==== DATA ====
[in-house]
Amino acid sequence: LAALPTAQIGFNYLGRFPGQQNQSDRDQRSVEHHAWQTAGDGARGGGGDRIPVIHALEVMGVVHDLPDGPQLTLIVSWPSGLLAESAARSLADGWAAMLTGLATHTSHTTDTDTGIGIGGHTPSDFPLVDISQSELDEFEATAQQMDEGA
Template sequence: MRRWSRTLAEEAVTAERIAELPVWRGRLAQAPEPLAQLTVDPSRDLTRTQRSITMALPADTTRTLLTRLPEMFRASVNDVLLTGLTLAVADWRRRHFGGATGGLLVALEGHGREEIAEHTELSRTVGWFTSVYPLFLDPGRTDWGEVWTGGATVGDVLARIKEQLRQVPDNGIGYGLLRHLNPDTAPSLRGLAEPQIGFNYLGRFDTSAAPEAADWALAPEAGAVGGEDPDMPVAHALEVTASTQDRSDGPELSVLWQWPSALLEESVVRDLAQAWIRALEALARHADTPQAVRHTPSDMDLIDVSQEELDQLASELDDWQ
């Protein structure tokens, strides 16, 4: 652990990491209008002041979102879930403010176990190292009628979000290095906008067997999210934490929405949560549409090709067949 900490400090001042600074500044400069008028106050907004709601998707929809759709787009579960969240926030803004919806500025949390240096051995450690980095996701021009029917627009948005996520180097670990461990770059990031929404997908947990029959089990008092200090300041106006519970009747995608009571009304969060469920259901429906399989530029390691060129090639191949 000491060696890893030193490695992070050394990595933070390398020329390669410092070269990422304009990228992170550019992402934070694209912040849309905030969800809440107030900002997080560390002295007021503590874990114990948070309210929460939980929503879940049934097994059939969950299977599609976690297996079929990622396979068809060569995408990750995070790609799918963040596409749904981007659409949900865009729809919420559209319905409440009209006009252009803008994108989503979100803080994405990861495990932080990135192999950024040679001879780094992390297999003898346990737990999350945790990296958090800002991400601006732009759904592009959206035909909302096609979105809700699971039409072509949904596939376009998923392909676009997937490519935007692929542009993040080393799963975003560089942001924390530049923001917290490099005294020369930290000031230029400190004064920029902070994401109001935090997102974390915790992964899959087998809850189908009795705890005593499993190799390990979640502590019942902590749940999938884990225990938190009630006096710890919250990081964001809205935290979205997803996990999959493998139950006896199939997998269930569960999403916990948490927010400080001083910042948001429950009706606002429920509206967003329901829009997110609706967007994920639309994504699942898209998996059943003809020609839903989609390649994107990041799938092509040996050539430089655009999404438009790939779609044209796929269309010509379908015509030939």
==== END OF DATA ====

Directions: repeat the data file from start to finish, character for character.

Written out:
[in-house]
Amino acid sequence: LAALPTAQIGFNYLGRFPGQQNQSDRDQRSVEHHAWQTAGDGARGGGGDRIPVIHALEVMGVVHDLPDGPQLTLIVSWPSGLLAESAARSLADGWAAMLTGLATHTSHTTDTDTGIGIGGHTPSDFPLVDISQSELDEFEATAQQMDEGA
Template sequence: MRRWSRTLAEEAVTAERIAELPVWRGRLAQAPEPLAQLTVDPSRDLTRTQRSITMALPADTTRTLLTRLPEMFRASVNDVLLTGLTLAVADWRRRHFGGATGGLLVALEGHGREEIAEHTELSRTVGWFTSVYPLFLDPGRTDWGEVWTGGATVGDVLARIKEQLRQVPDNGIGYGLLRHLNPDTAPSLRGLAEPQIGFNYLGRFDTSAAPEAADWALAPEAGAVGGEDPDMPVAHALEVTASTQDRSDGPELSVLWQWPSALLEESVVRDLAQAWIRALEALARHADTPQAVRHTPSDMDLIDVSQEELDQLASELDDWQ
């Protein structure tokens, strides 16, 4: 652990990491209008002041979102879930403010176990190292009628979000290095906008067997999210934490929405949560549409090709067949 900490400090001042600074500044400069008028106050907004709601998707929809759709787009579960969240926030803004919806500025949390240096051995450690980095996701021009029917627009948005996520180097670990461990770059990031929404997908947990029959089990008092200090300041106006519970009747995608009571009304969060469920259901429906399989530029390691060129090639191949 000491060696890893030193490695992070050394990595933070390398020329390669410092070269990422304009990228992170550019992402934070694209912040849309905030969800809440107030900002997080560390002295007021503590874990114990948070309210929460939980929503879940049934097994059939969950299977599609976690297996079929990622396979068809060569995408990750995070790609799918963040596409749904981007659409949900865009729809919420559209319905409440009209006009252009803008994108989503979100803080994405990861495990932080990135192999950024040679001879780094992390297999003898346990737990999350945790990296958090800002991400601006732009759904592009959206035909909302096609979105809700699971039409072509949904596939376009998923392909676009997937490519935007692929542009993040080393799963975003560089942001924390530049923001917290490099005294020369930290000031230029400190004064920029902070994401109001935090997102974390915790992964899959087998809850189908009795705890005593499993190799390990979640502590019942902590749940999938884990225990938190009630006096710890919250990081964001809205935290979205997803996990999959493998139950006896199939997998269930569960999403916990948490927010400080001083910042948001429950009706606002429920509206967003329901829009997110609706967007994920639309994504699942898209998996059943003809020609839903989609390649994107990041799938092509040996050539430089655009999404438009790939779609044209796929269309010509379908015509030939």